edward abbey is smiling in heaven
Utah Student Who Prevented Bush Administration Sell-Off of Public Land Charged for Disrupting Auction
Tim DeChristopher, a University of Utah economics major, holds a news conference at the State Capitol. (Photo: AP)
Amy Goodman: We
speak to University of Utah student Tim DeChristopher, who has just
been charged with two felonies for disrupting the auction of over
100,000 acres of federal land for oil and gas drilling. DeChristopher
was arrested after he posed as a bidder and bought 22,000 acres of land
in an attempt to save the property from drilling. He faces up to ten
years in prison.
DeChristopher, Environmental activist and University of Utah student.
In December, he disrupted an auction of Utah’s pristine wilderness to
oil and gas companies.
Amy Goodman: In
a moment, we’ll be joined by Professor Noam Chomsky. He is joining us
here in a Watertown studio. But first we’re going out to Utah for an
update on the case of Tim DeChristopher.
December, the University of Utah student disrupted the Bush
administration’s last-minute move to auction off oil and gas
exploitation rights on 150,000 acres of federal land in Utah.
DeChristopher was arrested after he posed as a bidder and bought 22,000
acres of land in an attempt to save the property from drilling.
Speaking on Democracy Now! days after that auction, DeChristopher explained his decision to disrupt the bidding process.
Tim DeChristopher: I’ve
been hoping that someone would step up and someone would come out and
be the leader and someone would put themselves on the line and make the
sacrifices necessary to get us on a path to a more livable future. And
I guess I just couldn’t wait any longer for that someone to come out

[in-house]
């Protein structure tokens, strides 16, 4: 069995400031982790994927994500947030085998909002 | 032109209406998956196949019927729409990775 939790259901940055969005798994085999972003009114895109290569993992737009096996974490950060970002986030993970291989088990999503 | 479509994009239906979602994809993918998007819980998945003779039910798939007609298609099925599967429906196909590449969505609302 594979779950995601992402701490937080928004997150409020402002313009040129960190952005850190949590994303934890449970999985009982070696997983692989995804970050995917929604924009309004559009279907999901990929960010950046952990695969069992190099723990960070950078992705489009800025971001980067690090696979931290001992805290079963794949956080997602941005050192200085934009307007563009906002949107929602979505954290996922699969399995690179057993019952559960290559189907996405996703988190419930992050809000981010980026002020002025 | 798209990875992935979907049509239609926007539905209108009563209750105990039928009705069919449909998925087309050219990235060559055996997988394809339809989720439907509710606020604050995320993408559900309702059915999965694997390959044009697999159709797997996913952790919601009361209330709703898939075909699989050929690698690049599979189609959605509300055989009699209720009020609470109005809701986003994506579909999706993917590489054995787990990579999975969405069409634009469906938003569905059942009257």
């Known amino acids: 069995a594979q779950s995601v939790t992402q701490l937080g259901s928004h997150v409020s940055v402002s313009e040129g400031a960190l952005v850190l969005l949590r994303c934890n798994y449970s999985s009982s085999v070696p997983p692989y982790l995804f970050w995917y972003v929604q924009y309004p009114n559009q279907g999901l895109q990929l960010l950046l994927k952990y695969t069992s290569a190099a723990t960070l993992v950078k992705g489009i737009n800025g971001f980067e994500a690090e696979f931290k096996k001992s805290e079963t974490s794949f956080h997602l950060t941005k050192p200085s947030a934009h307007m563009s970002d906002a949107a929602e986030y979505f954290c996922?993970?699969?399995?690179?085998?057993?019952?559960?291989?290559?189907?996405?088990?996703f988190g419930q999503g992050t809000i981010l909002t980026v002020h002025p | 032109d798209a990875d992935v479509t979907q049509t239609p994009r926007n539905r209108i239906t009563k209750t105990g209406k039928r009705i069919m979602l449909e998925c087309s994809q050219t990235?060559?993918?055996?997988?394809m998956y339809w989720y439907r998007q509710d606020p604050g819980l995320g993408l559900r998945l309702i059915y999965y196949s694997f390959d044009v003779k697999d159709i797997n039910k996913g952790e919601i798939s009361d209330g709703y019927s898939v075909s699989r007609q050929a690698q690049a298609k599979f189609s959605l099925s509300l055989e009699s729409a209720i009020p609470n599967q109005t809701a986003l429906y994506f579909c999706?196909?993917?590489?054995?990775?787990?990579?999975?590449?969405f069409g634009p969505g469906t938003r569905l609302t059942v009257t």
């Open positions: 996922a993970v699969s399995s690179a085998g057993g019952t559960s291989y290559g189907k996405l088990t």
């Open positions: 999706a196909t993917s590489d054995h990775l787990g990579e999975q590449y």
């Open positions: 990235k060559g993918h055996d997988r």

there and had to accept the fact that that someone might be me.
Amy Goodman: Tim
DeChristopher had been hoping the Obama administration would not press
charges, but on Wednesday US Attorney Brett Tolman indicted
DeChristopher for two felonies. If convicted, Tim faces up to ten years
in prison and a $750,000 fine.
Tim DeChristopher joins us on the phone right now from Utah. Tim, were you surprised by the charges announced this week?
Tim DeChristopher: I
was somewhat surprised by that. We didn’t really see it coming, and we
thought that – that since the Salazar decision had pretty much decided
that this was an unjust and inappropriate auction, that they weren’t
following their own rules, we had figured that they would probably just
want to sweep this case away rather than have us kind of discover all
the rules that weren’t followed in this case and all the corruption and
manipulation involved in this auction. And so, I was pretty surprised
that the US attorney’s office moved on this case and is now pushing it
Amy Goodman: After
the Obama administration came in and Ken Salazar became the Secretary
of the Interior, didn’t he nullify or say that the land could not be
Tim DeChristopher: Yes,
yes. All the parcels that I bid on were part of that decision, so all
of those were nullified. That’s why we had raised the funds to actually
make the payments on there and offer that payment to the BLM, but they
weren’t able to accept that because of the Salazar decision, because it
was all invalidated. And I think that they made that decision because
they saw all the rules that the BLM didn’t follow in this case, that
they didn’t give this auction the due process that it deserved. And so,
I saw that really as an official ruling that what I was standing
against was something illegal and unjust, and so I was surprised that
they still wanted to prosecute me for my opposition to that unjust
Amy Goodman: How much support have you received, Tim, since the December auction?
Tim DeChristopher: I’ve
received a huge amount of support really of every kind. I have received
countless emails and calls from people expressing their support from
around the country and around the world. I’ve received financial
support, both back when we were trying to raise the funds to actually